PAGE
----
CAIRO — An Egyptian court said on Saturday it will question top officials of Hosni Mubarak's regime over the toppled dictator's role in the deaths of protesters during the 2011 uprising against his rule.
CAIRO — An Egyptian court said on Saturday it will question top officials of Hosni Mubarak’s regime over the toppled dictator’s role in the deaths of protesters during the 2011 uprising against his rule.
The court, in a hearing attended by Mubarak and broadcast on state television, said the questioning would be carried out during a three-day session starting on October 19.
It said the session would be closed to the public as it concerns “national security”.
The court also charged three separate commissions with looking into the allegations against Mubarak, his former interior minister Habib al-Adly, his two sons Alaa and Gamal and six security chiefs.
The 85-year-old former president faces an array of charges, including complicity in the deaths of some 850 people killed in the Arab Spring-inspired uprising against him, and corruption.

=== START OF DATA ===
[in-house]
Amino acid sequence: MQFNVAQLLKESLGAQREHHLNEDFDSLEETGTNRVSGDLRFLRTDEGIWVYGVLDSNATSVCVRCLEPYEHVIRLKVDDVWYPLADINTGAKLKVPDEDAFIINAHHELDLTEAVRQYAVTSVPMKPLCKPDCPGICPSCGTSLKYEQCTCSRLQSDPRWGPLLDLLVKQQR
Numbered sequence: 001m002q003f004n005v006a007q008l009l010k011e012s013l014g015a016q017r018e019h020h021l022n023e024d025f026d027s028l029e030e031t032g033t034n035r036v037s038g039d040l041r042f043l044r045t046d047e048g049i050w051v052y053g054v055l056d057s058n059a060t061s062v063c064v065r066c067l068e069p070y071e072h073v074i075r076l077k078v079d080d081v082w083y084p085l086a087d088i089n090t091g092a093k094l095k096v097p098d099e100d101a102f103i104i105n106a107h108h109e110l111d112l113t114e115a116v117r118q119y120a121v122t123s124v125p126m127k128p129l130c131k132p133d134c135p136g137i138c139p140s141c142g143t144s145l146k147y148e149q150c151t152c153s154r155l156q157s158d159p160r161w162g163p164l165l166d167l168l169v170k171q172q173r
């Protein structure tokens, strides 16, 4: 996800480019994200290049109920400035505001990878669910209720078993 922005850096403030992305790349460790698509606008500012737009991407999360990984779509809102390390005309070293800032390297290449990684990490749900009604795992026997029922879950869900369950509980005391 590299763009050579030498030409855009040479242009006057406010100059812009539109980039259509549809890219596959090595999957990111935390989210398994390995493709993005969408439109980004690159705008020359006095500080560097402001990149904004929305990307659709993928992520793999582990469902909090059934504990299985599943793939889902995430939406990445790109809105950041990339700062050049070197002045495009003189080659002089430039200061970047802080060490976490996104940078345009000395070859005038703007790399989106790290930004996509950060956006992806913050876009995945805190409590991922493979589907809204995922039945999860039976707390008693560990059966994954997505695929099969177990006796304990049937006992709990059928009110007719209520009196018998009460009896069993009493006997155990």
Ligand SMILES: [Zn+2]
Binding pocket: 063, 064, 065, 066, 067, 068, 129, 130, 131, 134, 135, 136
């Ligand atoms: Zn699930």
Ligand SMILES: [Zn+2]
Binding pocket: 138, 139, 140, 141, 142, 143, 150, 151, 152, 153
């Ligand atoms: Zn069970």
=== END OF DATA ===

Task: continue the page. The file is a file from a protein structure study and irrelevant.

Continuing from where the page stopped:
On Saturday, Mubarak was brought into the court on a wheelchair from a military hospital where he has been held since his release from Cairo’s Tora prison last month.
Dressed in a jacket, striped shirt and wearing dark sunglasses, it was his second appearance in public since he stepped out of jail.
Outside the court, about 20 supporters of Mubarak had gathered for Saturday’s session.
They held pictures of the former autocratic president, alongside those of Egypt’s current armed forces chief, General Abdel Fattah al-Sisi.
Mubarak had been convicted in June last year of complicity in the deaths of protesters and sentenced to life in prison, but a retrial was ordered in January after he appealed.
The charges carry a maximum penalty of death.
Lawyers defending Mubarak and the other nine accused argue Islamists were primarily responsible for violence during the 2011 revolution.
Mubarak’s ouster was a pivotal moment in regional democratic upheavals that in Egypt led to an Islamist government, which itself lasted only a year before a military coup ousted it.
The former strongman has been held under house arrest at a military hospital since he left Tora jail.
Since his first court appearance in August 2011, Mubarak has been treated for a range of ailments including a heart condition and depression. He was even reported to have slipped into a coma last year.